The hungry traveler will not want for opportunities to fill up in the Bitterroot. There are so many cafés and restaurants along the road that one imagines that Bitterroot residents do little but journey from coffee klatch to lunch and back again. The traveler can’t go far wrong with most Bitterroot eateries, and there are a few worth planning ahead for.
Some Missoulians claim that their city’s best restaurant is actually in Lolo:
Guy’s Lolo Creek Steakhouse (6600 Hwy. 12, 406/273-2622, 5–10 p.m. Tues.–Sun., $11–27, reservations not accepted) is at the very northern edge of the Bitterroot Valley , practically in the Missoula  suburbs. Be prepared to wait for a while to be seated, admiring the beautiful log building, which was constructed with 135- to 150-year-old logs, many felled and bucked by Guy. The steaks are cooked over an open-pit wood fire, and those who haven’t been dreaming of the perfect Montana steak can satisfy themselves with fish, chicken, or what the restaurant refers to as “rabbit food.”
Glen’s Mountain View Cafe (Florence, 406/273-2534, 9 a.m.–8 p.m. summer, 9 a.m.–3:30 p.m. winter, lunch $5–9), a little log building right on Highway 93, is known for its extraordinary pastries. Not that the rest of the menu is lacking (Glen’s raises its own beef), but the pies are reckoned to be the best in the area.
Find a good lunch in Stevensville at Food Fetish (308 Main St., 406/777-2133, lunch Wed.–Fri., dinner Wed.–Sat., brunch Sun., $5–10 lunch, $10–20 dinner), where you can go as simple as a French dip or as elegant as grilled Copper River salmon.
In Victor, eat your beef at the Victor Steakhouse (2426 Meridian Rd., 406/642-3300, 11 a.m.–8 p.m. daily, $8–20). Atmosphere is provided by the mounted animal heads observing you devour the excellent steaks.
Also in Victor, the Hamilton Public House (104 Main St., 406/642-6644, 11 a.m.–10 p.m., $6–10) dispenses pub grub, a nice selection of beers, and Celtic music.
The Banque (225 W. Main St., 406/363-1955, 4:30–9 p.m. daily, $10–25) in Hamilton  offers well-prepared food in a historic Marcus Daly–built bank building.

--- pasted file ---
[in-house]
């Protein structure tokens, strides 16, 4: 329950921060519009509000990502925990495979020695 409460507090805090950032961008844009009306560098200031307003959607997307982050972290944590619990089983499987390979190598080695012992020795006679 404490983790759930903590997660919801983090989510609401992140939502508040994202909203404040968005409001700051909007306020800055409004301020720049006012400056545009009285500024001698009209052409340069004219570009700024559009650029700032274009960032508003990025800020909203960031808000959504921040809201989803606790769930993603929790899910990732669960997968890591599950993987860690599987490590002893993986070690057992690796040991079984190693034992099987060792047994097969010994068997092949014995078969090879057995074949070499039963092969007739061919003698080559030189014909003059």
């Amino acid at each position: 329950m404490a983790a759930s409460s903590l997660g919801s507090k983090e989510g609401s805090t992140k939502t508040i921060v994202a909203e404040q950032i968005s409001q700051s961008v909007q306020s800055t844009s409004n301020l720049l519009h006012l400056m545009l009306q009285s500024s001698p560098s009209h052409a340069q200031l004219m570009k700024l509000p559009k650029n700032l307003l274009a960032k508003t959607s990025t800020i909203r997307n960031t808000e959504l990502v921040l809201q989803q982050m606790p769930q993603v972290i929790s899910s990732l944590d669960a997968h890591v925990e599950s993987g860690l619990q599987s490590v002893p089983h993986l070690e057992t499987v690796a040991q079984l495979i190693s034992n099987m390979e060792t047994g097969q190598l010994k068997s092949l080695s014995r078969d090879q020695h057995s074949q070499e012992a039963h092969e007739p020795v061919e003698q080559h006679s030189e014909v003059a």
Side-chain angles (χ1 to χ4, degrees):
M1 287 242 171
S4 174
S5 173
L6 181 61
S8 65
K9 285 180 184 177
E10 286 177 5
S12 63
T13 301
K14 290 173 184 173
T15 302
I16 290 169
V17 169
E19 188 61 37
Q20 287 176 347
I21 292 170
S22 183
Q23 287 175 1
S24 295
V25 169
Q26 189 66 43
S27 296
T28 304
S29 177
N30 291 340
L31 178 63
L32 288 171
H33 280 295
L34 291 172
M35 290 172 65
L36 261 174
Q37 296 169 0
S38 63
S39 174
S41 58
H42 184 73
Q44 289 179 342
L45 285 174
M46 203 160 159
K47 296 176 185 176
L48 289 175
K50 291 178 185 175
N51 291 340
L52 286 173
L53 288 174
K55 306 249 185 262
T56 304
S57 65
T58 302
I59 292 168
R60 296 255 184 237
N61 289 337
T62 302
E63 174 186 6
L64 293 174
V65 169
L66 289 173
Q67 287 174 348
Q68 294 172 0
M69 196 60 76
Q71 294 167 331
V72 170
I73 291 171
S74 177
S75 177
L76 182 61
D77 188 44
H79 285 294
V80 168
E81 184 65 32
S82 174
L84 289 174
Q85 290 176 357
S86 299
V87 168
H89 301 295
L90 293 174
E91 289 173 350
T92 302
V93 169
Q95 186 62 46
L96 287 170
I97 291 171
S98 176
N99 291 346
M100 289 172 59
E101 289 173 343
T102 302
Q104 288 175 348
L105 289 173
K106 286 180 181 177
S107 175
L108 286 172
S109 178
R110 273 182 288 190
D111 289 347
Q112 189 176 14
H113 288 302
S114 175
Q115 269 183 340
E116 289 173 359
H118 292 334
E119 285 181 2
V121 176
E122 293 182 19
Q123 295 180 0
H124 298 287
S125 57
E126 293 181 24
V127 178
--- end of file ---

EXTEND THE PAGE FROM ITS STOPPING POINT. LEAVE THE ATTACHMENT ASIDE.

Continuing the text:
The Bitterroot’s best burgers are in Hamilton at down-home Nap’s (220 N. 2nd St., 406/363-0136, 11 a.m.–8 p.m. daily, $4–14).
At The Spice of Life (163 S. 2nd St., 406/363-4433, 5–9 p.m. Wed.–Sat., $8–20), you’ll find good salads, an eclectic dinner menu with often-spicy Caribbean, Thai, Japanese, and Italian influences, and a homey bistro setting with live music Wednesday evenings.
Bradley O’s (1131 Hwy. 93 S., 406/375-1110, 5–9 p.m. nightly, $8–40), six miles south of Hamilton, is the sort of restaurant that the Bitterroot does best: steak (certified Angus) and seafood in a simple setting.
For atmosphere, head west of town to the Grubstake (1017 Grubstake Rd., 406/363-3068, hours vary seasonally, call for reservations and directions), where the polygonal restaurant is perched on a mountaintop with great views and occasional glimpses of wildlife. The food is also good: Sunday, Monday, and Tuesday nights are devoted to barbequed ribs and chicken ($14).
Taste some good local beer at Bitterroot Brewing (101 Marcus St., 406/363-7468), where the tasting room is open weekdays 11:30 a.m.–8 p.m., Saturday noon–6 p.m., and Sunday 2–6 p.m. Tasty English-style ales and pub food such as fish tacos ($5–10) are the specialty at this friendly microbrewery located behind the Safeway and across the railroad tracks.